This four-hour class is designed to increase your knowledge of new and emerging technologies impacting our profession by discussing mobile devices and social media services. Some of the topics include smartphones, tablets, e-book readers, mobile apps, and collaboration tools. Popular social media services applicable to the libraries will also be discussed as well as technology-enabled instruction models like “flipped classrooms” and “MOOCS”.

Tuesday, October 8, 2013

Supporting Systematic Reviews: The Basics (4 hours)
Instructor: Janis Glover
Have you been asked to participate in the development of a systematic review?  This is not for the faint of heart; it’s an elaborate process.  This four-hour workshop is designed for medical librarians who want to explore the systematic review process in general and the librarian’s role in that process in particular.  Through informal discussion and case-based learning, you will acquire these skills needed to support systematic reviews in your institution:

  • Identify the steps in the systematic review process.
  • Explore protocols for systematic review development [e.g., PRISMA; Cochrane].
  • Identify the roles of the librarian within this process:
    • Select databases and other resources appropriate for the topic.
    • Utilize project management tools to keep track of search strategies [e.g., concept tables] and citations [e.g., RefWorks; EndNote].
    • Draft the search methodology for publication.

Sign up by 6/1 for Science Boot Camp for librarians!

Come join in the fifth annual Science Boot Camp<http://guides.library.umass.edu/BootCamp2013> at UMass Amherst June 12-14th-a unique opportunity where librarians can learn about science in a fun and casual camp-like setting! Science Boot Camp features three science lecture sessions. Each science lecture includes an overview of a science and examples of current research, presented by expert scientists from around New England. The Science Boot Camp Capstone Session focuses on ideas, skills or innovative projects relevant to librarians.

This year’s Science Boot Camp features the following topics:

*          Agriculture

*          Public Health

*          Analytic Chemistry

*          How to talk to researchers (Capstone)

*          Lightning rounds:  opportunity for campers to talk about their work/projects/ideas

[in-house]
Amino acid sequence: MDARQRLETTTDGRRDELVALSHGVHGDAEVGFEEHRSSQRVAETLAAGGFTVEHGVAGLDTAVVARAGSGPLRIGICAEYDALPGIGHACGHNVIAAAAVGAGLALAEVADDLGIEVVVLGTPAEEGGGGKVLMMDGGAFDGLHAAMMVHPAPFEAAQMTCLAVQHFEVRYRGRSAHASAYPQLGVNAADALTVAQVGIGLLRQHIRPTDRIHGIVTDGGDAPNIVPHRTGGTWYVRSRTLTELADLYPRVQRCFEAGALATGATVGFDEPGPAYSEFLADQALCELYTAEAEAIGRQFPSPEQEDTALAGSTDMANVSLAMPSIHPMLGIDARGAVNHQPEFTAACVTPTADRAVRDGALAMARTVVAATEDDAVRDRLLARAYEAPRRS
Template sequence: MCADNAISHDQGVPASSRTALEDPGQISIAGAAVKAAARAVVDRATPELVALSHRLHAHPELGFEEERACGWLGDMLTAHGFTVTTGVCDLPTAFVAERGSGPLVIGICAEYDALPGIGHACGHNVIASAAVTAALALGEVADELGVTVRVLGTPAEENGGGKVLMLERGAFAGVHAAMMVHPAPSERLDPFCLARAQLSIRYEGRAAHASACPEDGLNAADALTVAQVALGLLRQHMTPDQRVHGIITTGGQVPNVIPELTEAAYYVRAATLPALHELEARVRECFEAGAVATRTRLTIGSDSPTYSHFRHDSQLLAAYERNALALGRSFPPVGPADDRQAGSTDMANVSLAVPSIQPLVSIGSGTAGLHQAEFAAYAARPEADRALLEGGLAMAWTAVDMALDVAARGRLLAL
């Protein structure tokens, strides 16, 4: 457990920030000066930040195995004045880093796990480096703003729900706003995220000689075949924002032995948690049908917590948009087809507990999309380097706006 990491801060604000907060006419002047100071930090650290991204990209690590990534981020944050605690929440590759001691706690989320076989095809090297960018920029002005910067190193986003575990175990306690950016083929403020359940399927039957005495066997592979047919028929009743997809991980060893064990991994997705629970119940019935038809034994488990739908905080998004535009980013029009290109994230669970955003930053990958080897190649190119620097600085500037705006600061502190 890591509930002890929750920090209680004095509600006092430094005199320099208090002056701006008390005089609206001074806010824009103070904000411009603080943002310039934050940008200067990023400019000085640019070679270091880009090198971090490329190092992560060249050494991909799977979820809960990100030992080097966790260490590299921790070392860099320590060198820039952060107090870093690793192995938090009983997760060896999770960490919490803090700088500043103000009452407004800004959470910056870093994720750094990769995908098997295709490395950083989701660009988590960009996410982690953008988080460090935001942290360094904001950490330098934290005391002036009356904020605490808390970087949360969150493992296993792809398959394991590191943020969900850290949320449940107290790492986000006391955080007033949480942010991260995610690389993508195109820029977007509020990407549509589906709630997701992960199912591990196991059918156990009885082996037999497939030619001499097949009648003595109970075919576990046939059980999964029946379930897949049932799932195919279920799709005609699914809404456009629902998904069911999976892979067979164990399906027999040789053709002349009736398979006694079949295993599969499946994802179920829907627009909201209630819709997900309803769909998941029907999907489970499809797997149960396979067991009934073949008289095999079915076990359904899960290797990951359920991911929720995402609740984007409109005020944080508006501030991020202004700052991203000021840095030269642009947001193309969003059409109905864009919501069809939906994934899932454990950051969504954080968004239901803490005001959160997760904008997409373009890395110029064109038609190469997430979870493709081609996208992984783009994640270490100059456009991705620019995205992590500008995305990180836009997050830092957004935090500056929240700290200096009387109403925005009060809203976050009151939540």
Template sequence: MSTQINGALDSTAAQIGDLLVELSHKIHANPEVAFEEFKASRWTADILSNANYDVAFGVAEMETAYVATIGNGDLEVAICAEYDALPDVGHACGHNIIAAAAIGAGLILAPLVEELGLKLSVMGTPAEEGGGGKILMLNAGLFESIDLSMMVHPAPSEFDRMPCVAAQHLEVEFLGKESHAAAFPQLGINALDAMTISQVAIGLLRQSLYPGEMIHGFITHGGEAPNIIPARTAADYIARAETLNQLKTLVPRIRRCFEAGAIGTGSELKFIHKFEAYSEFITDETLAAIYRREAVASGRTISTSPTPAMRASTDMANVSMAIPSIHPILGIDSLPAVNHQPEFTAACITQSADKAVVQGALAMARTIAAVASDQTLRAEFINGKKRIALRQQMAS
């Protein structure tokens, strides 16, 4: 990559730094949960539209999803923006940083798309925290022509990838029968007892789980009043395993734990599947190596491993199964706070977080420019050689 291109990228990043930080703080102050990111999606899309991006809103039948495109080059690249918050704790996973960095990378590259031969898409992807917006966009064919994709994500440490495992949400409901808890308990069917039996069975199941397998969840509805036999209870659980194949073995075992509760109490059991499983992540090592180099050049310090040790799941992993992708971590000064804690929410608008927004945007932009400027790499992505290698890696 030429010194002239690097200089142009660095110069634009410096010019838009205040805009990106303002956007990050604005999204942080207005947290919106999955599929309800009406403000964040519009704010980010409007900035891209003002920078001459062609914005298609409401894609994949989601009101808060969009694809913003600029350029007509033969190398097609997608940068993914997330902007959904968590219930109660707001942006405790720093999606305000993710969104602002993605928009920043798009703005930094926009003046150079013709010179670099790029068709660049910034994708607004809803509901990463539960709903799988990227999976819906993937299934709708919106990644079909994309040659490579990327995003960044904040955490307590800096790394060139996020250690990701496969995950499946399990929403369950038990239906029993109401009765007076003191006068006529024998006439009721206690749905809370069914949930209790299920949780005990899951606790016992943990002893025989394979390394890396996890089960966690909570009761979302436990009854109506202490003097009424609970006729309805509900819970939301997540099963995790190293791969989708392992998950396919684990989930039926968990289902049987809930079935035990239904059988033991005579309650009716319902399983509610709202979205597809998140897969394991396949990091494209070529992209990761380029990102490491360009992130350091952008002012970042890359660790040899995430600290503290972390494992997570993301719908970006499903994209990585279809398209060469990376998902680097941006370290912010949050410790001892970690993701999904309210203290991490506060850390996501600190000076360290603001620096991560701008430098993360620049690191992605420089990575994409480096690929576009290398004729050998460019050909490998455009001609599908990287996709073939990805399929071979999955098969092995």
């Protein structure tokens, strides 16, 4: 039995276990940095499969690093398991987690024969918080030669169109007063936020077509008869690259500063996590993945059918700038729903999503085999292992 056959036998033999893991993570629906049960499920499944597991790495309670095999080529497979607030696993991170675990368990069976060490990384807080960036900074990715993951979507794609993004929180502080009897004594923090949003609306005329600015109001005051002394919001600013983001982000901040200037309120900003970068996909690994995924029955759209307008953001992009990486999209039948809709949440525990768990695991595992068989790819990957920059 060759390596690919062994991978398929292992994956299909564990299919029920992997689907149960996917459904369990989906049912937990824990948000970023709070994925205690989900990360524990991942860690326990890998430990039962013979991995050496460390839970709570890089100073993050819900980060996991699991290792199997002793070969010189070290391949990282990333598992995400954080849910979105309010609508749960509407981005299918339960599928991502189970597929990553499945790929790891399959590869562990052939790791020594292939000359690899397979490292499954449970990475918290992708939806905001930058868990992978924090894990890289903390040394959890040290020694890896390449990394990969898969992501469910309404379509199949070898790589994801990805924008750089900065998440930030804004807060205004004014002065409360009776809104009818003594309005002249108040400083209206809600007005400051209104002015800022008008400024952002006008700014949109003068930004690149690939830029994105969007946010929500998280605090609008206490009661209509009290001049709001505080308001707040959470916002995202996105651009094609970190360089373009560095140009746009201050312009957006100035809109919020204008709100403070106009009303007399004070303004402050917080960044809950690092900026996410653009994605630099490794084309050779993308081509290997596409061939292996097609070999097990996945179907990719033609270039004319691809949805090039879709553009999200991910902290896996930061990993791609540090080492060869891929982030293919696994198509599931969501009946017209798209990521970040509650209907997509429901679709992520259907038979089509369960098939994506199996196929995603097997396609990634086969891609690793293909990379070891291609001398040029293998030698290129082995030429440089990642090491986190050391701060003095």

Where else but Science Boot Camp do you get this easy-going and easy-on-the-budget opportunity to meet and mix with science, health sciences, and engineering librarians and library students from New England and beyond?  We offer flexible opportunities for attending boot camp, including overnight, commuter or one-day options.

For more information and to register check out the 2013 Science Boot Camp guide at http://guides.library.umass.edu/BootCamp2013

NN/LM Disaster Communication Summit

The NN/LM is offering a 3-part Disaster Communication Summit on March 7-8, 2013.  Participants may register for one, two, or all sessions as desired.  All sessions will be held at the University of Illinois at Chicago campus.

Part 1: The Thursday morning program will feature speakers from libraries and the emergency planning community on roles libraries/librarians can play before, during, and after a disaster, focusing on communication strategies. There will be networking opportunities with NN/LM, DIMRC (NLM’s Disaster Information Management Research Center), and the emergency planning community.

Part 2: CE Class: U.S. Response to Disasters and Public Health Emergencies – provides an introduction to disaster/emergency planning and response as conducted in the U.S, with an emphasis on medical response. To determine where disaster information specialists might best fit into the US framework for disaster/emergency response, it is necessary to start with shared understanding of terminology, concepts, legislation, organizations, and lessons learned from previous incidents. The class describes efforts to provide structure and order before, during, and after emergencies and disasters. Changes over time in legislation and the US framework for disaster/emergency response are discussed using examples from 9/11, Hurricane Katrina, and the Haiti earthquake. This course is a required class for the Disaster Information Specialization (DIS) Program and participants will earn 3 MLA CE contact hours for the DIS program.

Part 3: Dan Wilson will lead a hands-on workshop with take-away tools for improving your library’s readiness, including a one-page service continuity plan. Content will include assessing the risks for disasters and emergencies in your local area and determining what library services and collections would have the highest priority during an emergency situation.

Register for sessions or see more details on the NN/LM training opportunities page!

 

Speaking of fellowships…

I’m pleased to announce that the CDC Public Health Library and Information
Center is now accepting applications for a new fellowship opportunity at the
main library located in Atlanta, GA.   The CDC’s Public Health Library and
Information Center (PHLIC) has served as a hub of research, information
exchange, and learning for the CDC community since the establishment of the
Communicable Disease Center in 1946. Today, the PHLIC is a heavily used